Elements of Timing Teacher Resources
Find Elements of Timing educational ideas and activities
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Twelfth graders explore West African Ku Ku dance. As a class, learners discuss the influence African dances have on the United Sates of today, as well as the history of the dance. Students observe and participate in a dance demonstration. They practice movement patterns and write movement vocabulary in their journals.
Seventh graders explore the traditional dances of various immigrants into the United States. While attending a cultural event from a specific immigrant group, 7th graders observe cultural dances. They interview members of the ethnic group and learn the dance. Pupils create a formal presentation to be given in class.
Learners participate in a unit in which they learn 11 different dances. They choreograph their own dance or find an dance on the Internet to perform for the culminating activity.
Tenth graders recognize that many groups contributed to the richness of culture in the United States. This lesson provides an opportunity for students to learn more about the groups of people who built their way of life in the United States.
Learners study the art of Bharata Natyam Indian dance. In this Indian dance lesson, students read text about Indian dance Bharata Natyam dance. Learners may create their own dance and a television story about the topic.
Sixth graders study South African dances to learn about dancing styles in their country. In this dance instructional activity, 6th graders watch a video of dances and mark the movements they observe. Students then answer questions about the video. Students research South African dances by finding pictures of the dances, listing the dances, demonstrating the dances, and bringing a unique item about the dance to class.
Students discuss dance elements and create a dance map. They choose a dance theme and incorporate movement into their dance maps and choreography. They also experiment with different types of music.
Learners explore and experience jazz as a social dance form. They study how jazz was an important piece of African-American culture and how it developed.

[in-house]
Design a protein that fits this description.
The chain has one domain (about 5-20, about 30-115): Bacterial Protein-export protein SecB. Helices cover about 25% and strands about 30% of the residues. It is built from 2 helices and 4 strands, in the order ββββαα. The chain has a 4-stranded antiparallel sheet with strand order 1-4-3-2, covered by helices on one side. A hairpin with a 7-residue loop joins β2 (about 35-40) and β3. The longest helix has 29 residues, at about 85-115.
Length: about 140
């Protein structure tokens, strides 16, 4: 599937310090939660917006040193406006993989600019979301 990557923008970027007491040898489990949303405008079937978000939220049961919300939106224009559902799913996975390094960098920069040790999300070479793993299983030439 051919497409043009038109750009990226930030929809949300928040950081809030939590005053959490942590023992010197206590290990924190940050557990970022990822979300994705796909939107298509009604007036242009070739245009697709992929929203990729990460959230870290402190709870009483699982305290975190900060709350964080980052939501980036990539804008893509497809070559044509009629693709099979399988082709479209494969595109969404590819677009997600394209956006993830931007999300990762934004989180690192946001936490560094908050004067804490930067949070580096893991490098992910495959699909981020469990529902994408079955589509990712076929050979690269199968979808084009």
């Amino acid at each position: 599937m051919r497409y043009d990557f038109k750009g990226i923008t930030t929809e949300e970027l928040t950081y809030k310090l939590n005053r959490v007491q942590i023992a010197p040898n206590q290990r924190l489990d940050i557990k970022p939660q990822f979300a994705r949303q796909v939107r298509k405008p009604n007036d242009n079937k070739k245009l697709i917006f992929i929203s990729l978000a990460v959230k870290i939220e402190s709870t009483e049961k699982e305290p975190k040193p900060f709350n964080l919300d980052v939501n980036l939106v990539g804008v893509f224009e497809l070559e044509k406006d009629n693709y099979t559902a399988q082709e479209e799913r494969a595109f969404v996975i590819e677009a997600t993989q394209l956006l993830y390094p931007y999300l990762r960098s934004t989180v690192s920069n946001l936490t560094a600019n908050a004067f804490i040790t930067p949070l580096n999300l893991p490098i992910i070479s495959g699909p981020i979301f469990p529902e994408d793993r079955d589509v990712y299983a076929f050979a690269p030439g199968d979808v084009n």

First graders discuss different kinds of music they have heard. They listen to a short selection of folk music and discuss where they think it is from. Using a globe, the teacher shows students where the music is from. They spread out on the floor and do a dance (dance steps are described on the lesson plan).
After introducing basic dance and music terminology, learners explore Balinese culture. They listen to Balinese music, view images or video of Balinese dancing, then choreograph a Balinese-style dance of their own. They rehearse and perform their dances in front of the class while beating a rhythm on percussion instruments.
Students examine the role of men in the American Ballet Theatre. In this ballet lesson, students watch segments of the Great Performances video "Dance in America: Born to be Wild: The Leading Men of the American Ballet Theatre." Students conduct further research pertaining to male ballet and create presentations to share with their classmates.
Fourth graders physically learn kolos or circle dances, discuss what they are learning with their peers and write in their daily journals. They apply critical thinking skills to draw inferences about Eastern European immigrant groups in Ohio.
Eighth graders investigate modern-dance choreographer Merce Cunningham's historically significant contribution to dance-making history. Specifically, 8th graders explore and practice Merce Cunningham's choreographic use of chance operations (probability), through kinesthetic and movement exploration.
High schoolers demonstrate knowledge of the processes, principles, and structure of line dance. In groups students choreograph their own line dance, implementing moves learned from previous dances taught in the line dance unit.
Students discuss folk dancing and perform a line dance to reinforce story telling through movement. They discover and practice given dance steps and perform a dance to the theme music, 'You've Got a Friend of Me' from the movie, 'Toy Story.'
Sixth graders combine sounds or movements to create rhythm in dance and language. For this rhythm lesson, 6th graders read a poem and listen to the rhythm in the words. Students complete dance movements using sequence of pattern movements. Students then create a word bank and clap the rhythm of the words. Students participate in a rhythm choreography dance and journal reflections.
Students explore how dance can invoke the significance of experiences in their everyday lives. They work in small dance troupes to create their own dance pieces reflecting themes and experiences relevant to their lives.
Pupils investigate the process and components present in a dance composition. They create their own composition for the purpose of recreating all he elements of a dance composition. The dance is written in a journal for the purpose of reference and reflection.
Young scholars conclude the semester with an individual movement study utilizing basic elements of dance and choreography previously covered in class. They will choose from three choreographic prompts presented a few days before giving them class time to begin their process.
Students study introductory history and cultural purposes of selected Japanese dance forms. They analyze the philosophical beliefs, social systems, and movement norms that influence the function and role of Japanese dance in the lives of its people.